Judges tend to bend over backward to help so-called pro se litigants—individuals who decide to represent themselves in court. That can spell trouble for employers, even if it’s almost certain the case has no merit and will eventually be tossed out. The court will probably give the plaintiff a chance to correct problems with his complaint and make his case.
Sometimes, an employer’s best bet is to settle for a small amount—or urge the former employee to find an attorney.
Recent case: William was fired when he failed a drug test following a workplace accident. He sued, and in a rambling complaint, alleged race discrimination. The judge dismissed some claims but gave William another chance to redo the complaint and clarify his grievances. Result: The employer had to spend even more time and money on defense. (Jones v. Lehigh Southwest Cement, No. 1:12-CV-0633, ED CA, 2012)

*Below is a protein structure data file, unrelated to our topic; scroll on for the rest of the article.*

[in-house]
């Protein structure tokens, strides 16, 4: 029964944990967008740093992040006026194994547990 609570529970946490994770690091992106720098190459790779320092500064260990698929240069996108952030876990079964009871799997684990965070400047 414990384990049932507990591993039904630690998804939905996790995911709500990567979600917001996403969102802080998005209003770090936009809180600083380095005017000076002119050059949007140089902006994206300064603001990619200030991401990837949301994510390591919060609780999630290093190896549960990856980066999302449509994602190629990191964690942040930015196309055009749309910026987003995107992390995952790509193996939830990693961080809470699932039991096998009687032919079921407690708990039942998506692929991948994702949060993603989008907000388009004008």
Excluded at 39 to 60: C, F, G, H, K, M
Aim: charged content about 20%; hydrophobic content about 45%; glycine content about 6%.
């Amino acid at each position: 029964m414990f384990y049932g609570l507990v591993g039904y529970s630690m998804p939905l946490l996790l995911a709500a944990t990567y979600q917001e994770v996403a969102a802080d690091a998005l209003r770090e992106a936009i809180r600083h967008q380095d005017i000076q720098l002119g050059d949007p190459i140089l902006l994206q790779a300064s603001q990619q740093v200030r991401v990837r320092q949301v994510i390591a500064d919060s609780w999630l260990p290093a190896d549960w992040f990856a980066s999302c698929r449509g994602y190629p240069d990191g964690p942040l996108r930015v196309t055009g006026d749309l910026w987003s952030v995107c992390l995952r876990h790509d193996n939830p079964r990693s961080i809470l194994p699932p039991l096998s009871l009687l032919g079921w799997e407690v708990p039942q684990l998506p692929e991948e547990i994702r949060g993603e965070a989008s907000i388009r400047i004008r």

Like what you've read? ...Republish it and share great business tips!
Attention: Readers, Publishers, Editors, Bloggers, Media, Webmasters and more...
We believe great content should be read and passed around. After all, knowledge IS power. And good business can become great with the right information at their fingertips. If you'd like to share any of the insightful articles on BusinessManagementDaily.com, you may republish or syndicate it without charge.
The only thing we ask is that you keep the article exactly as it was written and formatted. You also need to include an attribution statement and link to the article.
" This information is proudly provided by Business Management Daily.com: http://www.businessmanagementdaily.com/34406/employee-acts-as-own-lawyer-consider-cutting-your-losses "